Then, Alice. At 6 weeks pregnant, I started bleeding. Had an ultrasound, and everything looked fine with the baby. 8 weeks, still looked fine, but still bleeding. Then I started in with morning sickness, but it was always at night. I puked my guts out EVERY night. Multiple times. So they put me on anti-nausea meds. And I was still bleeding. And then I got an AWFUL sinus infection. I lost weight the first trimester.

2nd trimester was great. I stopped bleeding at 14 weeks, and the nausea went away, too. I felt fantastic, sexy, and energized. I finished 5 (FIVE) quilts 2nd trimester. Had my big annual scrapbooking event in May, over Mother’s Day weekend. Stood up all weekend, making lunches and salads and snacks and running around getting stuff for people, etc. Sunday night, after it was all over, I was talking to Jerry and suddenly the pain was so great that I had to sit down. Turns out it was Alice, dropping into the birth canal.

On Tuesday, I lost the mucus plug and started having contractions. 28 weeks. On Wednesday I was in the hospital being monitored, because I had definitely had some preterm labor and they wanted to see what this baby was going to do. She was definitely head-down, engaged, and my cervix was softening. They put me on Brethine, the Drug From Hell, and told me to be as sedentary as possible until I got to 36 weeks. EIGHT WEEKS AWAY.

Here, Elaine, take this drug that makes you want to rip your hair out and leap out of your skin, and oh, yeah. Sit still. For eight weeks.

But I did it. I didn’t want to ever look back and think that I hadn’t done everything I could to make sure that Baby Alice had the best chance she could have. I did what the doctor told me to do, which included stopping labor one more time after that by lying on my left side and gunning water until the contractions stopped. I received steroid shots, and people came to play with Helen every day because I couldn’t chase my two-year-old around.

It made me so sad that I couldn’t enjoy my last two months with Helen alone the way I had planned to, but I just did my best. We read stories and snuggled on the couch and I’m sure she didn’t sustain any emotional damage from it. But I did. My heart ached to know that I couldn’t be the one out there pushing her in the swing because if I did, I’d have contractions. I couldn’t pick her up when she fell and bumped her head, because if I did, I’d have contractions. I couldn’t chase her around the circular floor plan of the main level of our house, because if I did, I’d have contractions.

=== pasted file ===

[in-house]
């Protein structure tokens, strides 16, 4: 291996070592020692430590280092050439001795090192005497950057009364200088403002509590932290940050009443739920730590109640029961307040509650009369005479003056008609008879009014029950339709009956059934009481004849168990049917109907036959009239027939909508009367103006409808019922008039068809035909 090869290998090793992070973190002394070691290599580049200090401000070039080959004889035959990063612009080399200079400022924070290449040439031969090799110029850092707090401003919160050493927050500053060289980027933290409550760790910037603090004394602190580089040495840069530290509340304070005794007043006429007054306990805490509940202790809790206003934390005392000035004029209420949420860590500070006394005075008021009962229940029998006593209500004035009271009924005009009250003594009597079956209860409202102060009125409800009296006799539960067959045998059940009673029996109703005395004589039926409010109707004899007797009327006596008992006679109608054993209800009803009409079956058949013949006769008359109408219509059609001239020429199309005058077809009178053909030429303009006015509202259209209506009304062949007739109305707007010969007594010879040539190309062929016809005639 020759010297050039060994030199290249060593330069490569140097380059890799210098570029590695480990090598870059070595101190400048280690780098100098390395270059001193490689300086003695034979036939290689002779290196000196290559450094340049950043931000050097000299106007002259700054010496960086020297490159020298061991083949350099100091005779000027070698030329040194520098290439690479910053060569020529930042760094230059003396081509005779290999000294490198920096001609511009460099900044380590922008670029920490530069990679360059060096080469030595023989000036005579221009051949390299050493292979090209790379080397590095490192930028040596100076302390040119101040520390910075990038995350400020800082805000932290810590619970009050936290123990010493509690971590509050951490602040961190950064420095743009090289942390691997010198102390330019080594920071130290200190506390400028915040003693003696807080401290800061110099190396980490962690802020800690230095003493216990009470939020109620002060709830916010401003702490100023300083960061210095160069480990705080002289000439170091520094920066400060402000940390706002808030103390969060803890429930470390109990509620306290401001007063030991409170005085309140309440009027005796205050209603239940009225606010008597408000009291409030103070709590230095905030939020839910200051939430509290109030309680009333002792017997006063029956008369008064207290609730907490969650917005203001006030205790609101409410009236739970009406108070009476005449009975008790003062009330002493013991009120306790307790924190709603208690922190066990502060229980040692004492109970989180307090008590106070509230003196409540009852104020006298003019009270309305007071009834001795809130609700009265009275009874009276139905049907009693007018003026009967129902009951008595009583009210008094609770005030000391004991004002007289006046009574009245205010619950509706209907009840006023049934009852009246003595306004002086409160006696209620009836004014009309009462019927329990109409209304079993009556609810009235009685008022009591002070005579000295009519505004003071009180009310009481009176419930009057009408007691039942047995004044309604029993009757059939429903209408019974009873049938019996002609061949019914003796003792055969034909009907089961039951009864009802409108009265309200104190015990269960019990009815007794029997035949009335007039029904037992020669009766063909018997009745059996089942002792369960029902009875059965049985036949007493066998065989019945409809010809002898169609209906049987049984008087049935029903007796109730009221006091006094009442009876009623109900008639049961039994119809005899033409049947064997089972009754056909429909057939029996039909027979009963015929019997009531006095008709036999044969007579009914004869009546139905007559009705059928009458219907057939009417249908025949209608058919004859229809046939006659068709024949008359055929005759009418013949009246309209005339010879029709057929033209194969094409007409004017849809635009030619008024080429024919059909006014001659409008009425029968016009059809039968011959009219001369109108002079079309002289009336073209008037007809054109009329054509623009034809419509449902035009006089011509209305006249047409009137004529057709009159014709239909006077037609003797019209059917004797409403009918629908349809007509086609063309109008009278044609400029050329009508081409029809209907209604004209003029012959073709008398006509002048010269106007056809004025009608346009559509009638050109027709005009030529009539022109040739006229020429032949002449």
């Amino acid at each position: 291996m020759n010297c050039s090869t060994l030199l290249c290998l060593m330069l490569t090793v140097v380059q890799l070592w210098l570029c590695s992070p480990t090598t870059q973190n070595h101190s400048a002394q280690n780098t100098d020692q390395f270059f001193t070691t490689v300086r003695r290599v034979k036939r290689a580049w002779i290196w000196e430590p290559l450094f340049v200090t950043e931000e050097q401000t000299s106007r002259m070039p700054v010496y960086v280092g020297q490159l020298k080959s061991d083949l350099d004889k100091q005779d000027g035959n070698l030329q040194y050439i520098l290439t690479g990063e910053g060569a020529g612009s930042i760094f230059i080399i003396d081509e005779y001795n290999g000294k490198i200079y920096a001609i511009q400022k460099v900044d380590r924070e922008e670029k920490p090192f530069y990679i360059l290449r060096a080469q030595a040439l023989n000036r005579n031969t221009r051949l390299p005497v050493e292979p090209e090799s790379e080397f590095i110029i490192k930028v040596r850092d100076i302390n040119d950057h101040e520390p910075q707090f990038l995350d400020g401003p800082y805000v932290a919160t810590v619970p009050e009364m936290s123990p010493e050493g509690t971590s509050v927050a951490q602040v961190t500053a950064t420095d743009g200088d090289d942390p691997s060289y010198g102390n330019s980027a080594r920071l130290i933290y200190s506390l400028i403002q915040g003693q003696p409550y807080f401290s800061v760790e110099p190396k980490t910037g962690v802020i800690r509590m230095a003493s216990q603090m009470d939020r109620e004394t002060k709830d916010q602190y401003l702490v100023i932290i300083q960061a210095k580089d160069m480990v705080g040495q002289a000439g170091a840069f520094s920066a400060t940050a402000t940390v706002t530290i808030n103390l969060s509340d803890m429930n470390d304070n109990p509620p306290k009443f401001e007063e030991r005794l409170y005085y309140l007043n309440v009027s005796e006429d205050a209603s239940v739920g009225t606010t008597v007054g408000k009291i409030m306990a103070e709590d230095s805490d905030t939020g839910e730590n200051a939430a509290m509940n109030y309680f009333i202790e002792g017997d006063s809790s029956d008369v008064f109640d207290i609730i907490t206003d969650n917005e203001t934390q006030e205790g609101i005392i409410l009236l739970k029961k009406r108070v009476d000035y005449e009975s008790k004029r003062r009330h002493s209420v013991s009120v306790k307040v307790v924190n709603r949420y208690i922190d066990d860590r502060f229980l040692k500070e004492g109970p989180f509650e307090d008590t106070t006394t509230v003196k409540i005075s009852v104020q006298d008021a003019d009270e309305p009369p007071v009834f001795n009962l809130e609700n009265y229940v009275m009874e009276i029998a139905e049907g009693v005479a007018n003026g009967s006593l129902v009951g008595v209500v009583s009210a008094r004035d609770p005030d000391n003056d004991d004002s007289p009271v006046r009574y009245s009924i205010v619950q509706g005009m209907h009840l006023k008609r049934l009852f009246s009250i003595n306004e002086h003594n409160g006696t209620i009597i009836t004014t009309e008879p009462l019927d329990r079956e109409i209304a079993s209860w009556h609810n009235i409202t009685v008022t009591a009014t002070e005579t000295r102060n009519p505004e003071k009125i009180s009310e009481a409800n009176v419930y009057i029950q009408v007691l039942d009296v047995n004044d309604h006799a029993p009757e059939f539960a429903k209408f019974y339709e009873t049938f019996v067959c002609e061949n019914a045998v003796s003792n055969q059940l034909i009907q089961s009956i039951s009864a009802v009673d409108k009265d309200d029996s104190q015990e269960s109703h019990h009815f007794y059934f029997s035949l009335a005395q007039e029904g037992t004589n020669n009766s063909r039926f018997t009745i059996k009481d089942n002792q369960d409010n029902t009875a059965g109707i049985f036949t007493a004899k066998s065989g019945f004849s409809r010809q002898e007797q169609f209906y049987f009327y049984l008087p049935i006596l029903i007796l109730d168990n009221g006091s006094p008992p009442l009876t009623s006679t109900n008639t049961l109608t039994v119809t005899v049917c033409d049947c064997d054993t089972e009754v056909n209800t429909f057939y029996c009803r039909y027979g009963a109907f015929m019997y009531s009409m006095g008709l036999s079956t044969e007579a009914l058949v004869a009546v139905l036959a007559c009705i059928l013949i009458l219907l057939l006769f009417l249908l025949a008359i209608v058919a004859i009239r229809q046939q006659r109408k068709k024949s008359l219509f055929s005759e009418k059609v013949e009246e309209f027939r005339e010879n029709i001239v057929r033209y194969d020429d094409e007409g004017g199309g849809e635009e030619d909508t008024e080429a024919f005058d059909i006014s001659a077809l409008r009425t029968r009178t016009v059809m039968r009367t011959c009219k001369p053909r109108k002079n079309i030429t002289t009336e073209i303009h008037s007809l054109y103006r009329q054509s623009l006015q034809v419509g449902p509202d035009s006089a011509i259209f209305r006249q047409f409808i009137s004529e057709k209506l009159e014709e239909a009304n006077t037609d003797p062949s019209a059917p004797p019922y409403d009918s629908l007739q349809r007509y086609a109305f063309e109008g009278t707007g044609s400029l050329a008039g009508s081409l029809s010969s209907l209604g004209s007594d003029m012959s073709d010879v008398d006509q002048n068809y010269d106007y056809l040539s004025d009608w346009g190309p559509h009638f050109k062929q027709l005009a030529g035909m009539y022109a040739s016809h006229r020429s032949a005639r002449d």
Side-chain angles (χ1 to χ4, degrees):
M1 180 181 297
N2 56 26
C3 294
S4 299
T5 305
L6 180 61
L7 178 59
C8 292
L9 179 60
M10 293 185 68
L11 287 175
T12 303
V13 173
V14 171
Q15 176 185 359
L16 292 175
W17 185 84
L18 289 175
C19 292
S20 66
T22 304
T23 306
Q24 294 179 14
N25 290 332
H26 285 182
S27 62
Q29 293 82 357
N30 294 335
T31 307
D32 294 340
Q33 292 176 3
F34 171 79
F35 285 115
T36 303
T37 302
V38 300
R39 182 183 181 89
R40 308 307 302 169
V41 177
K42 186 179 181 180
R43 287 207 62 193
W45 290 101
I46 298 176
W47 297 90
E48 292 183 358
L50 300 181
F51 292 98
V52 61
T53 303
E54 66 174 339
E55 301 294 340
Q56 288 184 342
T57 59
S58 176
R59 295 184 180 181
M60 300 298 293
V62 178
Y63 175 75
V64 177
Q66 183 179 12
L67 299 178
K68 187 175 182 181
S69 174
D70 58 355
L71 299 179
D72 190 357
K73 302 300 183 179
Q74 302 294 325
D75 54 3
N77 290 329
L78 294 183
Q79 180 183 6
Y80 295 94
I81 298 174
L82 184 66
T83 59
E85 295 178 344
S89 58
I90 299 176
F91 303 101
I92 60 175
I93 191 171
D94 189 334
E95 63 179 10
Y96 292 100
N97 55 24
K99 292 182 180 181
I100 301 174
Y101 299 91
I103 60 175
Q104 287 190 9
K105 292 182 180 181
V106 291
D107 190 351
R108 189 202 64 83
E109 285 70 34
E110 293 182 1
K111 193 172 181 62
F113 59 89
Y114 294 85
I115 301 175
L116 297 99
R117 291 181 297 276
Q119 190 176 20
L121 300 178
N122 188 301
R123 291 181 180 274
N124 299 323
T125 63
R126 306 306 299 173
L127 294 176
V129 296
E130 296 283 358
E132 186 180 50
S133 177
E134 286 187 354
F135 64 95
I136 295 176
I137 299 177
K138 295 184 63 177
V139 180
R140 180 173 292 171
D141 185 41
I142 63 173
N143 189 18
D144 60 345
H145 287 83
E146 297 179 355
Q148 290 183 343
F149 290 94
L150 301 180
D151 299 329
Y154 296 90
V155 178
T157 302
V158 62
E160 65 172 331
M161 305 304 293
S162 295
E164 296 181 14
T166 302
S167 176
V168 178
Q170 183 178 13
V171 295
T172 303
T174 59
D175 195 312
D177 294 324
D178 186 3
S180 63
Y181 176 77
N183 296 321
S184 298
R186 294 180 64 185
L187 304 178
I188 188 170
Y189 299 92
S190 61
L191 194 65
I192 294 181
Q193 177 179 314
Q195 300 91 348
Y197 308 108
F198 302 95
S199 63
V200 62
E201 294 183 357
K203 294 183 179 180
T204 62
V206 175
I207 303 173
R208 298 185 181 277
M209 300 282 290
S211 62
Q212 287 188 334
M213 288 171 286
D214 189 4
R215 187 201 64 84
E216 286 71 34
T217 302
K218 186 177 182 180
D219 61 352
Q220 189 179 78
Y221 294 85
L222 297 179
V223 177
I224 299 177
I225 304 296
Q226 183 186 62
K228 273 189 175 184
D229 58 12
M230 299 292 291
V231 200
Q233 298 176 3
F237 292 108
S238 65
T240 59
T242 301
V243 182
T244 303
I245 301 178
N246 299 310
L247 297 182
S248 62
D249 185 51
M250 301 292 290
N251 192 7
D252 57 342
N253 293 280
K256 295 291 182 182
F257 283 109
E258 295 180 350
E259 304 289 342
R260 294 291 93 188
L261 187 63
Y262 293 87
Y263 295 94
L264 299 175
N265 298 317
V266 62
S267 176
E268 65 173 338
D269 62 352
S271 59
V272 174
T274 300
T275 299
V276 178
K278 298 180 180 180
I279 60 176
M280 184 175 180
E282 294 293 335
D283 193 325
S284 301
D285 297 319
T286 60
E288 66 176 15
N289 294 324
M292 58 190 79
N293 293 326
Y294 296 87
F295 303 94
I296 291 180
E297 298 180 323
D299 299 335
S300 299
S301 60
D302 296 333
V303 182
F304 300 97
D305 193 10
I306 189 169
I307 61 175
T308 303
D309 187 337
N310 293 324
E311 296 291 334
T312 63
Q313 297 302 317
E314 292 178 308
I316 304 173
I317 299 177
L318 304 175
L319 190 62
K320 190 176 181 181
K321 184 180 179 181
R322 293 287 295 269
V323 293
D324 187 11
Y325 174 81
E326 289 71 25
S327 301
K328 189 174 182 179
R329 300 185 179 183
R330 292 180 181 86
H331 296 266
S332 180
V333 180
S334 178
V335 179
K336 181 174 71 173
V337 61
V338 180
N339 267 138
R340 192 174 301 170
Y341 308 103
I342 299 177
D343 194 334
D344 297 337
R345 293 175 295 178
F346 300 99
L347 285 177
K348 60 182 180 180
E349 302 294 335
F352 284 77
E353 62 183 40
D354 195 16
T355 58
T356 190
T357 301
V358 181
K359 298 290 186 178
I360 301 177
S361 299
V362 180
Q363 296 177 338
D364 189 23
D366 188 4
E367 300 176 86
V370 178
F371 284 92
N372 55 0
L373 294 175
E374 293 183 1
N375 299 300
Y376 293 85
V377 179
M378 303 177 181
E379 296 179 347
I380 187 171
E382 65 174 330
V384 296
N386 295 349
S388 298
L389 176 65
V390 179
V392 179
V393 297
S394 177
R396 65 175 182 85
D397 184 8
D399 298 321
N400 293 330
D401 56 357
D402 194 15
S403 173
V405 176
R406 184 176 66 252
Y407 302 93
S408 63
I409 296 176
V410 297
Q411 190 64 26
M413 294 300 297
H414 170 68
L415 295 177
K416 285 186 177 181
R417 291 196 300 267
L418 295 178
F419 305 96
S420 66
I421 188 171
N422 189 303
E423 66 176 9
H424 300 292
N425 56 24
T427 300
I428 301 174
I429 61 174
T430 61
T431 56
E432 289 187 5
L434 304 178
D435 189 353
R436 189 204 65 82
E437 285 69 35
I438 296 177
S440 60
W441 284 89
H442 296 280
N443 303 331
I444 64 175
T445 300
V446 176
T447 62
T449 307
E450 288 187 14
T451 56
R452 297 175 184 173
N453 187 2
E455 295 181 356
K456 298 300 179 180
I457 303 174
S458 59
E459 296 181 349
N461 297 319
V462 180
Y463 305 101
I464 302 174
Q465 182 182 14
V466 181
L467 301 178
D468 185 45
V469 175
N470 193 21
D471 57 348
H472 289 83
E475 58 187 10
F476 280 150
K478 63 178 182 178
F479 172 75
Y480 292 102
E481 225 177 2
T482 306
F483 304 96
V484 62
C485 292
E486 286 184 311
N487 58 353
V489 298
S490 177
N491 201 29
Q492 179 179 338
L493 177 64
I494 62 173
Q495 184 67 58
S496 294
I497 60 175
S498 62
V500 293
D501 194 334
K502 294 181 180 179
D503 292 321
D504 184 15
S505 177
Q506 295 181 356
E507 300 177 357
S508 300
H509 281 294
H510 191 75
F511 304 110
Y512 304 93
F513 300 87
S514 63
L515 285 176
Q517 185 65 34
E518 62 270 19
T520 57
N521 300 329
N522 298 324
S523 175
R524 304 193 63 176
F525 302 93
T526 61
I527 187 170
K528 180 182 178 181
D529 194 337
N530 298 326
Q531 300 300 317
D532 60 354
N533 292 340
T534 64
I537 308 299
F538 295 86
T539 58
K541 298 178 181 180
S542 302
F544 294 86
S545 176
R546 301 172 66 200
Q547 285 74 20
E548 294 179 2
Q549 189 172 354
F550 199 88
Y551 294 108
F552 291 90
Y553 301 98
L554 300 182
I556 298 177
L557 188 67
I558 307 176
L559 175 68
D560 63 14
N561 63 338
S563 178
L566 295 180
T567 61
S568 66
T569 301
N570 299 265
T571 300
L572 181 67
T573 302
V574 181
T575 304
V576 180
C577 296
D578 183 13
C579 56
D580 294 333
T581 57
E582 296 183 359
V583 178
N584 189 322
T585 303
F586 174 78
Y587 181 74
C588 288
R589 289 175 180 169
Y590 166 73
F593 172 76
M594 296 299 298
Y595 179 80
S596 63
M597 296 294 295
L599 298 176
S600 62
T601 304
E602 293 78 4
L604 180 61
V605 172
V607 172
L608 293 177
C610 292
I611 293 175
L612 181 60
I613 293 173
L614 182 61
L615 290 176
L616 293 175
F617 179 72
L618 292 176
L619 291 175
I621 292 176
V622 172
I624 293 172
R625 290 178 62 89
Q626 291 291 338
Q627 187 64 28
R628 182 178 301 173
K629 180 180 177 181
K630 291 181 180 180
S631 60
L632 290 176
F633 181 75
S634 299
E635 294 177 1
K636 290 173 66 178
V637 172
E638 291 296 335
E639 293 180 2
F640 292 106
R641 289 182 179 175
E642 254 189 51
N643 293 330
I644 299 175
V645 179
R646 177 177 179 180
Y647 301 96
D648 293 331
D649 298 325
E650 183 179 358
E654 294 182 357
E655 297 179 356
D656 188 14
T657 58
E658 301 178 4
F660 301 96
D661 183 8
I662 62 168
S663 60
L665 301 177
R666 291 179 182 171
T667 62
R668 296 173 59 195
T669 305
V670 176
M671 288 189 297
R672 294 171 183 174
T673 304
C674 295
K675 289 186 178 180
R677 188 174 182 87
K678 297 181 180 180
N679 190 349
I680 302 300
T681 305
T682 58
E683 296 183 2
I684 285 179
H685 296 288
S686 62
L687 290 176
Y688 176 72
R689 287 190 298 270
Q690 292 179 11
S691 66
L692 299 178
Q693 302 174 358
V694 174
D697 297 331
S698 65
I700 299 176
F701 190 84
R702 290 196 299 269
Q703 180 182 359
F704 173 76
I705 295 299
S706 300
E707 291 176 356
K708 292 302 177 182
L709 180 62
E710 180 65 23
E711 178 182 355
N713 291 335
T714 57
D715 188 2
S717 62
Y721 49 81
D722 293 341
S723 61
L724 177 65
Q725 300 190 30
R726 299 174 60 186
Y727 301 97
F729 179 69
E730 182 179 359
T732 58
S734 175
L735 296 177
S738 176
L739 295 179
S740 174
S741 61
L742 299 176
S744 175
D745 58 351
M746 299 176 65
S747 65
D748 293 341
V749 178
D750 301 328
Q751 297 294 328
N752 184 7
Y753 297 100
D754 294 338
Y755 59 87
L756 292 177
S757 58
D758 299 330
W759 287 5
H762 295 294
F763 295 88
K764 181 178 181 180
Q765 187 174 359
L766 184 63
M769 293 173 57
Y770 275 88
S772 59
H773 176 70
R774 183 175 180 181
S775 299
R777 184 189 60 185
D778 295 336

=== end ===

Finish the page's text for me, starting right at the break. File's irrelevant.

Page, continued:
But in the end, it was worth it. I got Alice. And when she was born, it was simple. Her birth was as simple as Helen’s pregnancy had been — less than 10 minutes of pushing, my belly collapsed, and there she was. And recovery was easy. I was sitting on a hard chair that weekend. I took one painkiller in the hospital because the nurse said I “needed” it. I refused the second one. I didn’t need it.

Every pregnancy is different. Every childbirth is different. And every mother responds in a totally different way. Some new moms bounce back really fast and are ready to party immediately. I was not. I didn’t have PPD, thankfully, but I didn’t dive headfirst back into my pre-parent life. I didn’t WANT that life anymore. Some people do. I did not. I still don’t. I don’t intend to force my views and expectations of life during pregnancy or post-partum on people, but I fear that I do. And I hate that.

Oh, well. My attitudes are colored by my experience. And my experience is that my children have brought far more joy to my life than they have ever taken from it. I don’t have a unit of measure large enough to even begin to describe what they have given to me.

Deleted the hidden post

It was causing people problems. And these are people that were meant to see it. Apparently, there are some commenting glitches on here, since we’ve made it harder to comment. People that shouldn’t get locked out of commenting are getting locked out.

If you are having difficulty commenting, email me. Address is epoplin AT gmail DOT com (just replace the all caps stuff with the appropriate punctuation mark and remove all spaces).